on the low back. Keeping your legs straight causes an increased
lordosis in the low back. Over long periods of sleeping this
increased stress can lead to problems. It is therefore recommended
to place a pillow under your knees to help maintain them in a bent
position throughout the night. A cervical pillow can also be used to
help support the natural curve of the neck as you sleep.
Sleeping on your side - Sleeping on your side also allows you
to maintain your spine in a relatively neutral position. The back
should be straight and not rounded. Placing a pillow between the
knees can help to maintain a neutral position of the pelvis.
When sleeping on your side or on your back a cervical pillow can be
used to help support the contours of the neck.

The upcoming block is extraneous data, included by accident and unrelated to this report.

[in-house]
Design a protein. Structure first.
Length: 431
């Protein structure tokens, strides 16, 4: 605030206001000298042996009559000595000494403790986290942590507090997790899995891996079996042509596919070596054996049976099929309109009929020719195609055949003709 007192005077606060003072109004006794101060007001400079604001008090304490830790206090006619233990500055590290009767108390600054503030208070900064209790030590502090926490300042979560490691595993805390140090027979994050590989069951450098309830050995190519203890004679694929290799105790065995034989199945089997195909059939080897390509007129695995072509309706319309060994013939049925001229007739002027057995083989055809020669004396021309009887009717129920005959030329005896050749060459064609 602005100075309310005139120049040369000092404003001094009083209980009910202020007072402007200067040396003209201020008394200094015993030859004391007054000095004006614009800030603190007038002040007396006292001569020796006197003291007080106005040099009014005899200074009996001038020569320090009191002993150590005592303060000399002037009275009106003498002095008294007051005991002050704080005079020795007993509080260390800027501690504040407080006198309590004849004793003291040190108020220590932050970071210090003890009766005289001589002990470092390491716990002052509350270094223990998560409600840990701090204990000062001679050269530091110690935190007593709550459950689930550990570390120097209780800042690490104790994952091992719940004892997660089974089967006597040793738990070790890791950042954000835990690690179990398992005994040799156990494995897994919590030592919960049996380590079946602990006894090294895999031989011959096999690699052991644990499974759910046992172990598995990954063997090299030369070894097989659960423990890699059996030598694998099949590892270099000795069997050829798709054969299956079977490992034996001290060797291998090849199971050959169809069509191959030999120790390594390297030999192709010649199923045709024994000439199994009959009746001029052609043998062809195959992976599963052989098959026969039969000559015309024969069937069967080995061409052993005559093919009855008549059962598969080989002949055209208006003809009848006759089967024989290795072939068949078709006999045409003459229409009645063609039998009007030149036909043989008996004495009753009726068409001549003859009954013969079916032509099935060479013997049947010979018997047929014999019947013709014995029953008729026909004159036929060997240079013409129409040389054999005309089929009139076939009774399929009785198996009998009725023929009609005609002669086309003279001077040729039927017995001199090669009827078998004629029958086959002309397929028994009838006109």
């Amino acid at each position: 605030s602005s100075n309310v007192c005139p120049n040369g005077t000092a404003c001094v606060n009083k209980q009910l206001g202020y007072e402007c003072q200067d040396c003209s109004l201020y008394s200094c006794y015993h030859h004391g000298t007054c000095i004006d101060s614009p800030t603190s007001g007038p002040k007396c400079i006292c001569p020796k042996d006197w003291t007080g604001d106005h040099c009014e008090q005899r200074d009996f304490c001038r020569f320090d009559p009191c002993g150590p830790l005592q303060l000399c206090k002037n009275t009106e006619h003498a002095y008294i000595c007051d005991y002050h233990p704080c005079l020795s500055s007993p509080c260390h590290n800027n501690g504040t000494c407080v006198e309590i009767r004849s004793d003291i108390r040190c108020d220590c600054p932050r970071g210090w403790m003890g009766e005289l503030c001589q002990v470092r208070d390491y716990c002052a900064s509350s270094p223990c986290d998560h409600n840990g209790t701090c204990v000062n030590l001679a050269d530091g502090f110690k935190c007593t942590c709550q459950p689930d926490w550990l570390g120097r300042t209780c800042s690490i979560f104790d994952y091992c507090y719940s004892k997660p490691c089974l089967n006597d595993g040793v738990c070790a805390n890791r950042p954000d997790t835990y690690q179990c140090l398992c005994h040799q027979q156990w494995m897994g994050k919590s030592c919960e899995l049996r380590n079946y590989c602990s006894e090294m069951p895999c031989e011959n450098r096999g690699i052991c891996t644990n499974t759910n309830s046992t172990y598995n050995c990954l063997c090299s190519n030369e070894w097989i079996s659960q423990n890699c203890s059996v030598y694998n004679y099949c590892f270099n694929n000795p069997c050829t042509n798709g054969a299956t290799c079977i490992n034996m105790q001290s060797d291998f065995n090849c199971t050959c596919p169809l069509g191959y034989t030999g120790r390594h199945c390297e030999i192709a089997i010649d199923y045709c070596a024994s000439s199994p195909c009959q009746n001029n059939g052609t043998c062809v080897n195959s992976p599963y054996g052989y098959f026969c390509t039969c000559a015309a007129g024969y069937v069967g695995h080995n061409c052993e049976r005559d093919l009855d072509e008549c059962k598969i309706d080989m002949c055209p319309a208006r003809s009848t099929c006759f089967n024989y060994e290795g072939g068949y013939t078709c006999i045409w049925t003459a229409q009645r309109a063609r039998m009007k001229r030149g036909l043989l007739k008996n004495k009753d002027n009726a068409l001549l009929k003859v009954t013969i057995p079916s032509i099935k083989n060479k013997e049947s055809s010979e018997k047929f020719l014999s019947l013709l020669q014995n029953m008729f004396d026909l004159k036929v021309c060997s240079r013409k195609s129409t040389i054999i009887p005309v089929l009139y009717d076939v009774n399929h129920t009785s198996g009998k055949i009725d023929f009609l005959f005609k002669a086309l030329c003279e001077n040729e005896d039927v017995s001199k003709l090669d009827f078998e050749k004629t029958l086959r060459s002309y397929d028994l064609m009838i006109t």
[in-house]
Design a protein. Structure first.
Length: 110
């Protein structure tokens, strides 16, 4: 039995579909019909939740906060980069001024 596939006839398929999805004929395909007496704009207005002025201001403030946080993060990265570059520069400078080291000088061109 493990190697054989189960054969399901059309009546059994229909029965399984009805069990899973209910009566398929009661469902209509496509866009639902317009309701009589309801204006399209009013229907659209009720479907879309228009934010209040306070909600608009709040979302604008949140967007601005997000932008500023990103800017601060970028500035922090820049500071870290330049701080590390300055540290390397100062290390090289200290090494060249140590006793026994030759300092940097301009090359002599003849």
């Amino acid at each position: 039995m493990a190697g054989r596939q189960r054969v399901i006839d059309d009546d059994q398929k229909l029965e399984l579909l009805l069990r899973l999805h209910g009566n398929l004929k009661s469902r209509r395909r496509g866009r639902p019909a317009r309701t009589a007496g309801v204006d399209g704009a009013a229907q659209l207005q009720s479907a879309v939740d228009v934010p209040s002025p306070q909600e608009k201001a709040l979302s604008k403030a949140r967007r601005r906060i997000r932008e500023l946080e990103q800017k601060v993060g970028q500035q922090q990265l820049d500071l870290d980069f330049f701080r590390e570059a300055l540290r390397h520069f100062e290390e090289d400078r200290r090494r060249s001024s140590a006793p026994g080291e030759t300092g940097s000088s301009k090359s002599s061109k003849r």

Sleeping on your stomach - Sleeping on your stomach is not
recommended. If you sleep on your stomach, your head must be turned
considerably to one side or the other. This can put excessive stress
on the ligaments of the neck. Sleeping on the stomach also puts a
lot of stress on the low back. Some of this stress can be reduced by
bringing one leg out to the side and lying in a semi prone position.
Although this reduces stress on the spine, sleeping on the back or
side are considered more ideal sleeping postures.
The spine is a remarkable structure combining strength, protection
and flexibility. This complex array of bones and joints however, is
not without its limits. When we lift it is important that we do not
exceed the limits of the spine. In order not to exceed its limits,
we must consider its weaknesses. What are the vulnerable areas of
the spine? Particularly vulnerable while lifting, are the discs of
the spine. The discs are made to absorb the shock of standing with
an erect posture. They are very effective shock absorbers and